Curator: Kirstie Tepper
Meaning is not static. It is dependent on context and point of view. Transitions: States of Being examined this phenomenon of fluctuating narratives through a series of case studies. At the center of this effort was a group of ivories collected in the early 20th century in what is now the Democratic Republic of Congo. The function and interpretation of these objects has shifted from objects of material culture to exported souvenirs to precious museum artifacts to contested museum artifacts.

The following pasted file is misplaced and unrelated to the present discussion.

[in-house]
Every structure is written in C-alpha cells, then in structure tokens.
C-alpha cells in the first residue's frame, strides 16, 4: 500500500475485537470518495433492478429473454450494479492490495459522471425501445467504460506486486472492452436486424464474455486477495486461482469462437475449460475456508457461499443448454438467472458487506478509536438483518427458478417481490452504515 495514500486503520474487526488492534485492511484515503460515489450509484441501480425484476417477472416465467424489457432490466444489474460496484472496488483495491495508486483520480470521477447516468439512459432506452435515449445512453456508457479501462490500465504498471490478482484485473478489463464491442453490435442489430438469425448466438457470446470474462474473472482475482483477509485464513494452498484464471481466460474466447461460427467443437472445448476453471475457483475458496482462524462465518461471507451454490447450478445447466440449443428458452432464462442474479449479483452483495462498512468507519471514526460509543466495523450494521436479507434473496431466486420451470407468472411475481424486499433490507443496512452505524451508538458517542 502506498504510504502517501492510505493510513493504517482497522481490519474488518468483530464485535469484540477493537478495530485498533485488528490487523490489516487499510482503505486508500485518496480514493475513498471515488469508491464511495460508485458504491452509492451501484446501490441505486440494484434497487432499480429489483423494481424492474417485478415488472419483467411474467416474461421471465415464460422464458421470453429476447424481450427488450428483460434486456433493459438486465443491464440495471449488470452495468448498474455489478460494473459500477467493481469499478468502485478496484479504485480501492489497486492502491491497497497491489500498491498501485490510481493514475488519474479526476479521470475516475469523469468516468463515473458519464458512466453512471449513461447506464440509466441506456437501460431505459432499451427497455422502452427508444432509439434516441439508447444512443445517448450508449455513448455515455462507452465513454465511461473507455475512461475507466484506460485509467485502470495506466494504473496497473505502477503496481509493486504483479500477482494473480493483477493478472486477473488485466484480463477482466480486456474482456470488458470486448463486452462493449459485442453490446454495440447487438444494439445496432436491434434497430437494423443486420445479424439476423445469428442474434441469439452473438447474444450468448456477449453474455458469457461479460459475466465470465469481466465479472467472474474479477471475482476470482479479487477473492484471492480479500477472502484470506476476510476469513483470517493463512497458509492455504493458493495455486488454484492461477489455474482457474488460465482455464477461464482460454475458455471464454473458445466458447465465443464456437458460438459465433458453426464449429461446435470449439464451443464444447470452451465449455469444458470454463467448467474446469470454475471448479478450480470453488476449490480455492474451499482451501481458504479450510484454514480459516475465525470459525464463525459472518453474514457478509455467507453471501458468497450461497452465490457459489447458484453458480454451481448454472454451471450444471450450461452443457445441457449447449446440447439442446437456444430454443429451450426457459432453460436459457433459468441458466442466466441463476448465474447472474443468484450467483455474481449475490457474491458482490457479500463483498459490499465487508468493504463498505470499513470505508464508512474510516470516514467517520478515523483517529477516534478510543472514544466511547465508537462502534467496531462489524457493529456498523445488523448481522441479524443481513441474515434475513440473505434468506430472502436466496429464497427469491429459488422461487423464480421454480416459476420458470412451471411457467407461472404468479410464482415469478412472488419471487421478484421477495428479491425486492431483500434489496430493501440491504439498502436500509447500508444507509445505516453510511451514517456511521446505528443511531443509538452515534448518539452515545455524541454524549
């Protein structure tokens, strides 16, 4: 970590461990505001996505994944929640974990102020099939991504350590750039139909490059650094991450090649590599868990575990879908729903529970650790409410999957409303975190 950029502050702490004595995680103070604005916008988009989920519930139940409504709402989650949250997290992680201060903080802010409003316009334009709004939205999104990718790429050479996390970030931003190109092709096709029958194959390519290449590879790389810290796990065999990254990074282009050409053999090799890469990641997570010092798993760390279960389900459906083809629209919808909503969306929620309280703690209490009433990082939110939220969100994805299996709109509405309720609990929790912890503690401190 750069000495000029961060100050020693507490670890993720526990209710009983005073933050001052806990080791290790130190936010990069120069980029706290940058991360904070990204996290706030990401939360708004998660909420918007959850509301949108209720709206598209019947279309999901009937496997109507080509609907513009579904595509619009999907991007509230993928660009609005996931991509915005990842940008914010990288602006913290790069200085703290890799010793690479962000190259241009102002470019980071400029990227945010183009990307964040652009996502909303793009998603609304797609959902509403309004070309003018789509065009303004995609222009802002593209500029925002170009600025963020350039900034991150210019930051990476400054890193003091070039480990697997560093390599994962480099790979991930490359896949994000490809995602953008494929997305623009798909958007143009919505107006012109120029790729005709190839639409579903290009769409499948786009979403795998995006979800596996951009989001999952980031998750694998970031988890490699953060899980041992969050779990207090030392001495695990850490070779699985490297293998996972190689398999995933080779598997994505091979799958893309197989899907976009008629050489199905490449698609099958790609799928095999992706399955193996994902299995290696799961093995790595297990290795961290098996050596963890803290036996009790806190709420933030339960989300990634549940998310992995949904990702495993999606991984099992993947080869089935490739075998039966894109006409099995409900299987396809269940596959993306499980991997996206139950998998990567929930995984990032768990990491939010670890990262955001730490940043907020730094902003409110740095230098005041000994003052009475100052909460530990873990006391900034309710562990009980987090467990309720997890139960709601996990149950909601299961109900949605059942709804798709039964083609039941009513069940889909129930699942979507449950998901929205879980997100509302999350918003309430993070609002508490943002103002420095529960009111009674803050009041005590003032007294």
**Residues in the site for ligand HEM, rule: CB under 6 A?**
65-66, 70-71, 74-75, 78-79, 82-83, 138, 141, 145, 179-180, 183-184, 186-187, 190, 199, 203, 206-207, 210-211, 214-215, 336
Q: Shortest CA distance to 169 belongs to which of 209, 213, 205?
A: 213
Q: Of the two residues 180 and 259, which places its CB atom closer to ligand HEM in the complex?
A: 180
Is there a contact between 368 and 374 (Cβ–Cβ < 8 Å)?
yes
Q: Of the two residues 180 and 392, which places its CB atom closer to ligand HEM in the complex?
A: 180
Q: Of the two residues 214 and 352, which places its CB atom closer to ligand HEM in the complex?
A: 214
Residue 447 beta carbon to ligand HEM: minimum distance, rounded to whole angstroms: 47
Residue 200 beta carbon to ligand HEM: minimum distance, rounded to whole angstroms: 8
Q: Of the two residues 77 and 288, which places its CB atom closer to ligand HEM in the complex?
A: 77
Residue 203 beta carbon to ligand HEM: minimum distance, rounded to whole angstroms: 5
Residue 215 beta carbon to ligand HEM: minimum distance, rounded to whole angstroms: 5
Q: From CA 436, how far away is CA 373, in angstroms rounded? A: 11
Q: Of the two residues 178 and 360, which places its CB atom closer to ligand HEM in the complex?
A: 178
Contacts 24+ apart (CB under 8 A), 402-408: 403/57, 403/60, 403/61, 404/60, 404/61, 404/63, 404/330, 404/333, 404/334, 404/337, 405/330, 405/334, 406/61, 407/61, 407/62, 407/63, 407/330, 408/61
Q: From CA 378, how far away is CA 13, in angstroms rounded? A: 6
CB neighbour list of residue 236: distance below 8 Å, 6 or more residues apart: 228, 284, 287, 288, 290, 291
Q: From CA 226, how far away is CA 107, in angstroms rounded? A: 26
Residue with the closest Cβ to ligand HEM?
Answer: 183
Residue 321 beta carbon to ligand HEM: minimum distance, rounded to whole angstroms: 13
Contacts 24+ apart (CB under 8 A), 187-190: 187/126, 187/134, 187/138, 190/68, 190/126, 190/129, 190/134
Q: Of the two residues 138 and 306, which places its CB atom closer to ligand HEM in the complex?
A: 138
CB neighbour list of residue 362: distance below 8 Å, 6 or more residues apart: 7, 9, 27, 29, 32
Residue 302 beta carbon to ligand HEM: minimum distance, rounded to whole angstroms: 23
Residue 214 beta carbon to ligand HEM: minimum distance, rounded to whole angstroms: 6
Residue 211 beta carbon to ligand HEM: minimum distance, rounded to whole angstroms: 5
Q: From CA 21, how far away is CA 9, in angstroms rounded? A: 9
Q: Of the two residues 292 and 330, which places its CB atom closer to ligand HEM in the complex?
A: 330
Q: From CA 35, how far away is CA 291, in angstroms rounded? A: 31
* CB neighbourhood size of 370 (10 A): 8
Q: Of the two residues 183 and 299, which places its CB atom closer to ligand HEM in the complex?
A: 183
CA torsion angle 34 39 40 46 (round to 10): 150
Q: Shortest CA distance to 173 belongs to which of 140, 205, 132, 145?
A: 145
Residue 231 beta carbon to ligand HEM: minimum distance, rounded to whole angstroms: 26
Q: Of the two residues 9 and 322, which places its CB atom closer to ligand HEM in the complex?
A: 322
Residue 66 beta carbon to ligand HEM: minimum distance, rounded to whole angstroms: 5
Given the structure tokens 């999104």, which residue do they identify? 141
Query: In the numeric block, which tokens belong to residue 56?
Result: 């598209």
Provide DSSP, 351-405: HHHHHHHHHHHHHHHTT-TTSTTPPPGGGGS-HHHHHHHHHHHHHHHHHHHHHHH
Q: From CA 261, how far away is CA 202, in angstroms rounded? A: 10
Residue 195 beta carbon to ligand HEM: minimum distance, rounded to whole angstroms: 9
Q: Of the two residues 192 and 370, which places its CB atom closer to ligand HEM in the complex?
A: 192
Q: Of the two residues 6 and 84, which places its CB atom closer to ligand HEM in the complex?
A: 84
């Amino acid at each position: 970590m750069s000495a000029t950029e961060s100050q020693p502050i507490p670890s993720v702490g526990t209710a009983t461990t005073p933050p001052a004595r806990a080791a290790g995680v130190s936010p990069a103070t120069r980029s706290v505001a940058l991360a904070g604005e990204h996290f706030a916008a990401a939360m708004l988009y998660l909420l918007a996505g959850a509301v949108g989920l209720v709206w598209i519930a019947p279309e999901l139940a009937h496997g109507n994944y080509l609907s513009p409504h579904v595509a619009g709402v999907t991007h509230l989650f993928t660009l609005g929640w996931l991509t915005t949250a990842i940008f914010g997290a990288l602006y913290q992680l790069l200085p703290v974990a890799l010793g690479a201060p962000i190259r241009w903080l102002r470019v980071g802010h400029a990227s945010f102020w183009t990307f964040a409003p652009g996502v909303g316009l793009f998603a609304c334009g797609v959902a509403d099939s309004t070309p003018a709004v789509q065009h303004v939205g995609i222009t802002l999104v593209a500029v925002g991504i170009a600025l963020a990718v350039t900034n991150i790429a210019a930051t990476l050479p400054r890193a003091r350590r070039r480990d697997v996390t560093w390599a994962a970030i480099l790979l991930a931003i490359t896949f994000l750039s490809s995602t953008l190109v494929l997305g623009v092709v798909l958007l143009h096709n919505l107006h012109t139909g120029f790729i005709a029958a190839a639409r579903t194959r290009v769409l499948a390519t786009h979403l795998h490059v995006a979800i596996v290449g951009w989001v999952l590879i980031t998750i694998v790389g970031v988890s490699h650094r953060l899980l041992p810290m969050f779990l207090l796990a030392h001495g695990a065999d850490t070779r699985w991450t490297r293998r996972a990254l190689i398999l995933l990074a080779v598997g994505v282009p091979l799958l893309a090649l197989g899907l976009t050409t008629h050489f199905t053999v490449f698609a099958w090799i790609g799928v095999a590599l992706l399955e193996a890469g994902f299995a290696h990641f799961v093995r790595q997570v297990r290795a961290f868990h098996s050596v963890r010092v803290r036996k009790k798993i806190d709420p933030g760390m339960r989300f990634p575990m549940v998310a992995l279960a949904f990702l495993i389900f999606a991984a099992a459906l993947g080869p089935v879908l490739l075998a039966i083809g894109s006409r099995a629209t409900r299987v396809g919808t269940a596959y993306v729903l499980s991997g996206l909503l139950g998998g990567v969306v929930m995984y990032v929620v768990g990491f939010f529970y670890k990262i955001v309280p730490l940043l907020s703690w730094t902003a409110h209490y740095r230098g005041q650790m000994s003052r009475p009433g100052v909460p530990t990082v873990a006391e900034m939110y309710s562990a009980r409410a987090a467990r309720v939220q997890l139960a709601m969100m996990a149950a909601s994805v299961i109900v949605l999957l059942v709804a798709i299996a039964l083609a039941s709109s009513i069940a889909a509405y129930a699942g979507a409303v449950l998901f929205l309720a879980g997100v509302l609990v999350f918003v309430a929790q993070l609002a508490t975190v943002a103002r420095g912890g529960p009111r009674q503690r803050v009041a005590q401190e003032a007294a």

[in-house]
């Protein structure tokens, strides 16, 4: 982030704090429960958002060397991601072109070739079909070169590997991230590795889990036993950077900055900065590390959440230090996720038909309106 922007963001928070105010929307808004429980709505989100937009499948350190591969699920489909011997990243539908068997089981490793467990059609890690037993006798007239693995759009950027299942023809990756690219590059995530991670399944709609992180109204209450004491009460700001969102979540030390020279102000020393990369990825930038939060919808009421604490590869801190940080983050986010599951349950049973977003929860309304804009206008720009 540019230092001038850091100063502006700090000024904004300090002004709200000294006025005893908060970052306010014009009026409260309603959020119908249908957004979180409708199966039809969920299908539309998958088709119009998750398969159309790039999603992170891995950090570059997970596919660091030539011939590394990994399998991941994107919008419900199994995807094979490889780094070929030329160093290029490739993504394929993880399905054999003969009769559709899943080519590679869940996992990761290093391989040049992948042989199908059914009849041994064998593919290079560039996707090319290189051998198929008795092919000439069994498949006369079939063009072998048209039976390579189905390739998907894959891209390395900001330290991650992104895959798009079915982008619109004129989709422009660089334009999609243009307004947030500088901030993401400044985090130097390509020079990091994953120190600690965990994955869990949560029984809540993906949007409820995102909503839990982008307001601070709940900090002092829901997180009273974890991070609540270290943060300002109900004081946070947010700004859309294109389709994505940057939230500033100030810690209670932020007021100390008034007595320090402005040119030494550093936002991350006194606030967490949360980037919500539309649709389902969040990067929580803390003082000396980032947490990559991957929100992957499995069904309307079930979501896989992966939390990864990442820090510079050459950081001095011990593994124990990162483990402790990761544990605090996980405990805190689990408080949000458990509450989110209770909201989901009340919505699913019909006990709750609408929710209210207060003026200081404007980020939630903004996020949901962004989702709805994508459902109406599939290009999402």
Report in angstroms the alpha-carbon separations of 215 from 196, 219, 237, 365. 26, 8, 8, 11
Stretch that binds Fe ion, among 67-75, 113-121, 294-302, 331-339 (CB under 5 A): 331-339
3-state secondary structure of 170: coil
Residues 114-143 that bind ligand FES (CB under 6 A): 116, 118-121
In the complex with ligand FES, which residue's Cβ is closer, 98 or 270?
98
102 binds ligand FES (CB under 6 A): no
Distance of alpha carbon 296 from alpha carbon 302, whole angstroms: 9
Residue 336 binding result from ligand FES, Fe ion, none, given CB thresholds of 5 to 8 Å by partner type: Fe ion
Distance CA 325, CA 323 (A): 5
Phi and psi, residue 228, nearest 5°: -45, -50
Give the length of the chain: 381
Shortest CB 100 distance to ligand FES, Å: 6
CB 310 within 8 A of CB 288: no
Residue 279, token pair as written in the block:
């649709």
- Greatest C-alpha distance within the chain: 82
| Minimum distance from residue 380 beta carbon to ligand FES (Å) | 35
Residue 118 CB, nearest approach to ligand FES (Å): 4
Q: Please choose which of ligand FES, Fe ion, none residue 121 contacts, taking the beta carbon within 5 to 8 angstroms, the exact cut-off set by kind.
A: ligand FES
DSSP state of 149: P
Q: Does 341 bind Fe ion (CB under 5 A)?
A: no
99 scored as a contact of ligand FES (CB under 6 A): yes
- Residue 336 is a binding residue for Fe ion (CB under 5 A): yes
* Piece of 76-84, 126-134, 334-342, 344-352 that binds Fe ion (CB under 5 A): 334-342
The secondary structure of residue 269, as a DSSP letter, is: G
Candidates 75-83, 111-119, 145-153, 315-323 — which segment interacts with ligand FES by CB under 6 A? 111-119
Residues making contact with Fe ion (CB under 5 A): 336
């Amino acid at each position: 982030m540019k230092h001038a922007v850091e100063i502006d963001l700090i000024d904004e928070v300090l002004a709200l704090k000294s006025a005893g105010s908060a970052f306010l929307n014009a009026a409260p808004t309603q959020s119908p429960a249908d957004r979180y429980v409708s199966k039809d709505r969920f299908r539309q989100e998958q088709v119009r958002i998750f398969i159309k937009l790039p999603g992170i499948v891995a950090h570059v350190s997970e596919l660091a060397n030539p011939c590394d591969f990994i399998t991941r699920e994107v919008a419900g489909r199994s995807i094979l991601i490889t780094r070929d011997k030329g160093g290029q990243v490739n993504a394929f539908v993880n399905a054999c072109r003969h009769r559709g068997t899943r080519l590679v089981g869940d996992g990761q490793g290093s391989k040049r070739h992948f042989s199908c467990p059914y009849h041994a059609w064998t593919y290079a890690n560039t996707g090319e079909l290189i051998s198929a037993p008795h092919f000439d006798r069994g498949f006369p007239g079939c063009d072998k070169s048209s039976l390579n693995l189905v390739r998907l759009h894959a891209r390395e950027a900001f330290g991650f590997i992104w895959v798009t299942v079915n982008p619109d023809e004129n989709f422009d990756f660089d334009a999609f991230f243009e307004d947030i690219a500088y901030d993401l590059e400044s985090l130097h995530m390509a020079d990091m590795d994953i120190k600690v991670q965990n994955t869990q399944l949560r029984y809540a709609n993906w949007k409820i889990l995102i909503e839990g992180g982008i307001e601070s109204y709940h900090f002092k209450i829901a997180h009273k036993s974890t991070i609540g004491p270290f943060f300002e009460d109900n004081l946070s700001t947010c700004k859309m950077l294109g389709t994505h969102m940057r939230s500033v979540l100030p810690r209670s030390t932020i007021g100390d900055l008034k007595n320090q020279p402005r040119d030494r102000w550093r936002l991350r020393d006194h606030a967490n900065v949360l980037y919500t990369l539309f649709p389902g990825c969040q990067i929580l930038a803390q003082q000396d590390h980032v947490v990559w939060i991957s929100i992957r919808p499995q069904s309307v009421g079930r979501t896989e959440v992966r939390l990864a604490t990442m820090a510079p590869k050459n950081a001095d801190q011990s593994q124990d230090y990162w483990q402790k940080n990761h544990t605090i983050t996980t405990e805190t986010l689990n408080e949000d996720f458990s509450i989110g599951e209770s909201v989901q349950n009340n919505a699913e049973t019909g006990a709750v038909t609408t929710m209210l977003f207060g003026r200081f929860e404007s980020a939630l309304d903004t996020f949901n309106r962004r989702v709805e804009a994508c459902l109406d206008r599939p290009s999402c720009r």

The current conversation about the ivory trade and the sport of hunting, as well as ideas of trophies, collection, and display were referenced and expanded in this exhibition by work by Joe Peragine, Constance Thalken, and Mark Dion. Willie Cole pulled from contemporary material culture to transform and shift meaning in everyday objects. Alexis Rockman alluded to the legacies of colonial expansion and exploration, Lynn Hershman Leeson considered a 21st century approach to presumed advancement and discovery, and Danielle Roney reflected upon ideas of cultural displacement. Louise Lawler offered direct commentary on the shifting landscape of meaning and value in art, and Amy Pleasant’s work addressed the eccentricities of the individual viewpoint on history. Thus, the idea of transition and context was broadened and complicated through the work of these artists.
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